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    Dear Subscriber,


    In this edition of ISHN's e-newsletter, we present part two in a three-part interview with Peter Sandman. The world-renown risk communication consultant describes risk communication as "embodying three key tasks - alerting people to big risks they mistakenly consider small; reassuring people about small risks they mistakenly consider big; and helping people bear big risks they rightly consider big."

    Visit his Web site ( to access a library of his articles and handouts.

    We interviewed Peter Sandman at his home in Princeton, N.J., on a Friday morning in July. You might be familiar with his views on risk communication and outrage, less so with his thoughts on workplace safety. The first part of this interview focused on engaging management in conversations about safety. Part two focuses on engaging employees. Part three, next week, covers reputation management, employee outrage, and finding your niche as a safety and health professional.

    Mr. Sandman welcomes your comments regarding this interview. You can direct them to


    Q) Let's talk about the other big challenge safety professionals have: Getting employees to follow safety precautions.

    (NOTE: You can download a PDF file containing 16 reasons why employees sometimes ignore safety procedures, developed by Peter Sandman, at

    You've said it helps if your safety innovations are invisible, because if you make people too comfortable in a safety sense, they may revert back to a higher level of risk-taking. So what about personal protective equipment, the gas masks, the gloves, helmets etc. - things that can't be invisible? Can they be counter-productive?

    A) The fundamental premise here is that everybody sort of has their own optimal level of risk. They don't want to fall below it, and they don't want to get above it. They want the level of risk they want.

    Two things make this all complicated. Different people have different optimal levels of risk, so in your workforce you have some people for whom the job feels too risky, and PPE brings it into their optimum range. And you have people for whom the job feels not risky enough, and PPE worsens the problem, and makes them act less safely.

    The one problem is you have different people. The other problem is people are not actually titrating their actual risk, they're titrating their apparent risk.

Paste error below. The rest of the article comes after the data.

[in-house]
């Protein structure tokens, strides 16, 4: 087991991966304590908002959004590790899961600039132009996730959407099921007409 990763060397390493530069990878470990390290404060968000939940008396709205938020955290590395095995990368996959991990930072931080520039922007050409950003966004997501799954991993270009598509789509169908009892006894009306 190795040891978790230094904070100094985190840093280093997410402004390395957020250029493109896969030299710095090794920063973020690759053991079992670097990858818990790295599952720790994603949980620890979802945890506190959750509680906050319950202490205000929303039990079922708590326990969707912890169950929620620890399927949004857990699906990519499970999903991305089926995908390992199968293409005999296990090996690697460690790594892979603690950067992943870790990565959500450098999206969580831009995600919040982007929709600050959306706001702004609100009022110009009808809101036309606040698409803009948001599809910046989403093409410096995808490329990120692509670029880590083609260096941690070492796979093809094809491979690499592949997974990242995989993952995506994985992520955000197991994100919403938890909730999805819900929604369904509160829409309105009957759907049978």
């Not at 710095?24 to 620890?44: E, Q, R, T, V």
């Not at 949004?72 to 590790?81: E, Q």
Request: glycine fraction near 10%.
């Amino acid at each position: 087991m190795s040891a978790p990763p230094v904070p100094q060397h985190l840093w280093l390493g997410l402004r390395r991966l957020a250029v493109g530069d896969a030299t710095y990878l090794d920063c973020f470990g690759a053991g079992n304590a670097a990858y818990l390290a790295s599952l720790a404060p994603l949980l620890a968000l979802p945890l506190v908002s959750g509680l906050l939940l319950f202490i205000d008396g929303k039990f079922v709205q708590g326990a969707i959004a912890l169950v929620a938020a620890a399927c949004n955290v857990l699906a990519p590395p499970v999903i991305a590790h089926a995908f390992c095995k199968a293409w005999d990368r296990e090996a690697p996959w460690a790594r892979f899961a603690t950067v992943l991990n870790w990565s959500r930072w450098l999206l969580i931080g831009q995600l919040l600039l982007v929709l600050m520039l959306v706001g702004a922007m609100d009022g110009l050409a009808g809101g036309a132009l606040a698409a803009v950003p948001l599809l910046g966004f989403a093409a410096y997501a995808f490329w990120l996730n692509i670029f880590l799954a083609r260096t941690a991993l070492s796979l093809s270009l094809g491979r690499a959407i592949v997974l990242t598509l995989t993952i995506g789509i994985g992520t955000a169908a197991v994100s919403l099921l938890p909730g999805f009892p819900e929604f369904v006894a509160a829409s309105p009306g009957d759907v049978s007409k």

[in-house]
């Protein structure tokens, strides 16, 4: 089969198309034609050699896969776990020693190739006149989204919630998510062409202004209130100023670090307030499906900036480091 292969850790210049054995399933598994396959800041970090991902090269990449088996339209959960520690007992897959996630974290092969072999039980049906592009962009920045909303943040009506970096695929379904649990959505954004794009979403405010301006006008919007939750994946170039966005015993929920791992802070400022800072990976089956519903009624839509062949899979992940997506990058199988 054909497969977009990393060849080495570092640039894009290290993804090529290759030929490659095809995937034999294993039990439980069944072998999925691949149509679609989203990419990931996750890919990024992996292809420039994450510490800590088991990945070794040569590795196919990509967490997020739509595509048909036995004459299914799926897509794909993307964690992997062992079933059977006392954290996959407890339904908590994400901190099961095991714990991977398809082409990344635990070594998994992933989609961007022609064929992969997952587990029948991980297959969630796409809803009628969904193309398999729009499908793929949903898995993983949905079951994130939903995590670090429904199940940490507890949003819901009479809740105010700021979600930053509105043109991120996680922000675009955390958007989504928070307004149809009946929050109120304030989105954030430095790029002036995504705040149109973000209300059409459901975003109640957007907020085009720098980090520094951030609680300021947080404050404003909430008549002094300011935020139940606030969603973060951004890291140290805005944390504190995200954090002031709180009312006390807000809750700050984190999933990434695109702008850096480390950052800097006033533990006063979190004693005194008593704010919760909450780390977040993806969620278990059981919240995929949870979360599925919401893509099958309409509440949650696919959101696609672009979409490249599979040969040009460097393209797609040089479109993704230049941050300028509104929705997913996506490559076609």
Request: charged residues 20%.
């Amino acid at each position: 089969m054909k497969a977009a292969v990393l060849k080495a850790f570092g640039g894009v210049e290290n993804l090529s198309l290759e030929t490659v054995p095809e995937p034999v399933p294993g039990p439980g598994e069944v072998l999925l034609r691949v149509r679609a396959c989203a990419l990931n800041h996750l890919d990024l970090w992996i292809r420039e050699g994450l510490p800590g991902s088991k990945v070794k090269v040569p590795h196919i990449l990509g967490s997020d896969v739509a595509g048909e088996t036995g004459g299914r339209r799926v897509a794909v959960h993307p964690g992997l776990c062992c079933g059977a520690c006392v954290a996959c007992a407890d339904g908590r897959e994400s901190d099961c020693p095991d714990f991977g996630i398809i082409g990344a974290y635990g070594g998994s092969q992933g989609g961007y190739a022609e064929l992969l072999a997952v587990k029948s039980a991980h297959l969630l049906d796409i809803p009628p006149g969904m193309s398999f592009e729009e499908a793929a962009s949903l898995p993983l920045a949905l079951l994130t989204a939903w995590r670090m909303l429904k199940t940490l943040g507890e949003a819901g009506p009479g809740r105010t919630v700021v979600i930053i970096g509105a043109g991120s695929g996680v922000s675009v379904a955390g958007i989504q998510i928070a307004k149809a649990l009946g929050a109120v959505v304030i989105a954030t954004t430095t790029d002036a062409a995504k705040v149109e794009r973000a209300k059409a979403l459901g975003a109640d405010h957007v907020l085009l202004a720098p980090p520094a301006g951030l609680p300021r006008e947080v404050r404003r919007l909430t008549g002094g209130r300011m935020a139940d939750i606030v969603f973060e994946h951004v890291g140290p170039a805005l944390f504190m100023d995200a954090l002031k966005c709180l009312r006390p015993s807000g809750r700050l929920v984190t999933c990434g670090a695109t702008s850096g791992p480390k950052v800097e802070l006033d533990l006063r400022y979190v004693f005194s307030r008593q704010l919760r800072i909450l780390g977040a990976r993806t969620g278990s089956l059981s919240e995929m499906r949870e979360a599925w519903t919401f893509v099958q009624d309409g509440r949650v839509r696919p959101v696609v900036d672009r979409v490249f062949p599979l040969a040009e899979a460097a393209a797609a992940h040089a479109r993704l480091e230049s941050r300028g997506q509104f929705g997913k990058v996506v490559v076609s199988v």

Let me give you an example. I worked last month with a company whose employees are working with tanks of waste that occasionally off-gas ammonia and other gases. The employees are very anxious about the off-gassing. Some of it smells, and when they smell it they think it might be dangerous to them. A lot of them are asking for various kinds of personal protective equipment. They're asking for self-contained breathing apparatus and what not. And a lot of them are not asking for PPE. It's hot and it's outdoor work, and a lot of people don't want to have to wear that stuff.

    Now obviously if the risk is high, good policy and good regulation require you to require the employees to wear the equipment, whether they want to or not. But if the risk is low, then the question is: Should you forbid them to wear their equipment, or should you permit them to wear their equipment?

    If people are worried about the off-gassing, even if they have no reason to worry about the off-gassing - your data tell you the off-gassing is a trivial risk - if they want the PPE, give it to them! Let them wear it.

    Let it work out as it works out among the employees. If there are seven people in a work group and two of them are carrying around an extra 40 pounds of gear, and the other five aren't, the five who aren't are going to give them a hard time. They're going to tease them, saying, "You're not carrying your weight because you're carrying all this other weight."

    If they do need PPE, but they overestimate its value, the piece of personal protective equipment has two effects. It improves their safety by X amount, and improves their perceived safety by ten times X amount. You probably told them to wear it for the improvement in actual safety. But you should notice the improvement in perceived safety. If wearing the PPE takes them to the point where they are going to start violating safety rules, or not taking other precautions because they feel safer than they ought to feel, then you might want to either adjust the equipment or adjust the perceptions. You may want to teach them about how this equipment doesn't work, not just how it does work.